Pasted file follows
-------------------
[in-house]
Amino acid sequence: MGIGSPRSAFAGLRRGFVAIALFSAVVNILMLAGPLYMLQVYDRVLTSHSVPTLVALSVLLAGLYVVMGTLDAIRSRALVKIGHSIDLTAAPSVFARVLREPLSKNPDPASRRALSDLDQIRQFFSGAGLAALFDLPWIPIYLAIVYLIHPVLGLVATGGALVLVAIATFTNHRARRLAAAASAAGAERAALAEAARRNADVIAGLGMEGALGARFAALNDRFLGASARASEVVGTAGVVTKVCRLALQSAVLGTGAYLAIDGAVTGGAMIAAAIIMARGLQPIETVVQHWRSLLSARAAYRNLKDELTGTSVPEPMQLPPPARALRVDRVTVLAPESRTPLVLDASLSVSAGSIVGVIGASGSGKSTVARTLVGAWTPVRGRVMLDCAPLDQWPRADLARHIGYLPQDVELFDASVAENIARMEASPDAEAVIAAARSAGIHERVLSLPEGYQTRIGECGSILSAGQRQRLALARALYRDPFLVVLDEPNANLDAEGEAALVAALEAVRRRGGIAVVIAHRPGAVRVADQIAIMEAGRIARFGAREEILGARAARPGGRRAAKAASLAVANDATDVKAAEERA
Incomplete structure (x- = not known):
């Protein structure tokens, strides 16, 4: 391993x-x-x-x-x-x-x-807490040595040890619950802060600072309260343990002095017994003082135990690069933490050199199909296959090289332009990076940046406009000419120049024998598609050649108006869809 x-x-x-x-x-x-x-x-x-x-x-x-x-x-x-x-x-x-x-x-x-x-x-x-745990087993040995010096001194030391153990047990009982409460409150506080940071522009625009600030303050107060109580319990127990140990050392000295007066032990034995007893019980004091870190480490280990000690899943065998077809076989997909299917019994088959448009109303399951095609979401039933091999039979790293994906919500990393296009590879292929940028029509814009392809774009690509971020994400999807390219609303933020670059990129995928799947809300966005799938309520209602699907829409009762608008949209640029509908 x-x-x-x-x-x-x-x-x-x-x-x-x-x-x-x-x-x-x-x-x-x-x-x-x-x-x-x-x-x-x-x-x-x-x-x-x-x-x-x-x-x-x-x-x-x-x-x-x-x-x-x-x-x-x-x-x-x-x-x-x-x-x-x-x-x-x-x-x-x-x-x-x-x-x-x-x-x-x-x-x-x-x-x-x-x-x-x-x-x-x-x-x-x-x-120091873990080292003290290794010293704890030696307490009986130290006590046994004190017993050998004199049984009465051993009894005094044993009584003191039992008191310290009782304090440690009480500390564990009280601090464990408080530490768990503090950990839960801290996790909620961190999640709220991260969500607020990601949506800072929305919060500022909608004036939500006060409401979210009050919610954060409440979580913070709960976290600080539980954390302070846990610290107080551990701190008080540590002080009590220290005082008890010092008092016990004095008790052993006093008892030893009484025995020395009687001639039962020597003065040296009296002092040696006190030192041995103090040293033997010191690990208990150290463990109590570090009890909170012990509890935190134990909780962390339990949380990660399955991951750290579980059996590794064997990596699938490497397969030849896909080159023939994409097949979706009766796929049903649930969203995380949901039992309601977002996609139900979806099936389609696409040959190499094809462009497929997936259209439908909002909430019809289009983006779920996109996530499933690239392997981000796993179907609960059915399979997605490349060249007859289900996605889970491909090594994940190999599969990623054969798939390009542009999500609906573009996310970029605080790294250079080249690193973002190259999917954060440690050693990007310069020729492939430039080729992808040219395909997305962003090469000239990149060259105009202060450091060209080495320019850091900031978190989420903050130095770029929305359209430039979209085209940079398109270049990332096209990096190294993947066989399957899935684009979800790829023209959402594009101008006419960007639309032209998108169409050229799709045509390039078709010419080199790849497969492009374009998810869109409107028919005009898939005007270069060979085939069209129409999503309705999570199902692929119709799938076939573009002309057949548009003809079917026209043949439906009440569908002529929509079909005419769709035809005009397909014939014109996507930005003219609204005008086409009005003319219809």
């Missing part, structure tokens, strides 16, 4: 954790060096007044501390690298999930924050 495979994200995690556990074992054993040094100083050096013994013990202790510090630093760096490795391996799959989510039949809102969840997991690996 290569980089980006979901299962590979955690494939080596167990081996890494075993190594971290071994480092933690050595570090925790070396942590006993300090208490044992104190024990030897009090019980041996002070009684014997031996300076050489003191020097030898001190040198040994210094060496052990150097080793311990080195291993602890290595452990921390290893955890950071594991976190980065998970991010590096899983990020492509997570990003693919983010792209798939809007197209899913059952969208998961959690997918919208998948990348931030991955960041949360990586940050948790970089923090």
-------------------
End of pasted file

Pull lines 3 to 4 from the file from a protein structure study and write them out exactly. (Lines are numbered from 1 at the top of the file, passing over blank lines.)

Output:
Incomplete structure (x- = not known):
């Protein structure tokens, strides 16, 4: 391993x-x-x-x-x-x-x-807490040595040890619950802060600072309260343990002095017994003082135990690069933490050199199909296959090289332009990076940046406009000419120049024998598609050649108006869809 x-x-x-x-x-x-x-x-x-x-x-x-x-x-x-x-x-x-x-x-x-x-x-x-745990087993040995010096001194030391153990047990009982409460409150506080940071522009625009600030303050107060109580319990127990140990050392000295007066032990034995007893019980004091870190480490280990000690899943065998077809076989997909299917019994088959448009109303399951095609979401039933091999039979790293994906919500990393296009590879292929940028029509814009392809774009690509971020994400999807390219609303933020670059990129995928799947809300966005799938309520209602699907829409009762608008949209640029509908 x-x-x-x-x-x-x-x-x-x-x-x-x-x-x-x-x-x-x-x-x-x-x-x-x-x-x-x-x-x-x-x-x-x-x-x-x-x-x-x-x-x-x-x-x-x-x-x-x-x-x-x-x-x-x-x-x-x-x-x-x-x-x-x-x-x-x-x-x-x-x-x-x-x-x-x-x-x-x-x-x-x-x-x-x-x-x-x-x-x-x-x-x-x-x-120091873990080292003290290794010293704890030696307490009986130290006590046994004190017993050998004199049984009465051993009894005094044993009584003191039992008191310290009782304090440690009480500390564990009280601090464990408080530490768990503090950990839960801290996790909620961190999640709220991260969500607020990601949506800072929305919060500022909608004036939500006060409401979210009050919610954060409440979580913070709960976290600080539980954390302070846990610290107080551990701190008080540590002080009590220290005082008890010092008092016990004095008790052993006093008892030893009484025995020395009687001639039962020597003065040296009296002092040696006190030192041995103090040293033997010191690990208990150290463990109590570090009890909170012990509890935190134990909780962390339990949380990660399955991951750290579980059996590794064997990596699938490497397969030849896909080159023939994409097949979706009766796929049903649930969203995380949901039992309601977002996609139900979806099936389609696409040959190499094809462009497929997936259209439908909002909430019809289009983006779920996109996530499933690239392997981000796993179907609960059915399979997605490349060249007859289900996605889970491909090594994940190999599969990623054969798939390009542009999500609906573009996310970029605080790294250079080249690193973002190259999917954060440690050693990007310069020729492939430039080729992808040219395909997305962003090469000239990149060259105009202060450091060209080495320019850091900031978190989420903050130095770029929305359209430039979209085209940079398109270049990332096209990096190294993947066989399957899935684009979800790829023209959402594009101008006419960007639309032209998108169409050229799709045509390039078709010419080199790849497969492009374009998810869109409107028919005009898939005007270069060979085939069209129409999503309705999570199902692929119709799938076939573009002309057949548009003809079917026209043949439906009440569908002529929509079909005419769709035809005009397909014939014109996507930005003219609204005008086409009005003319219809």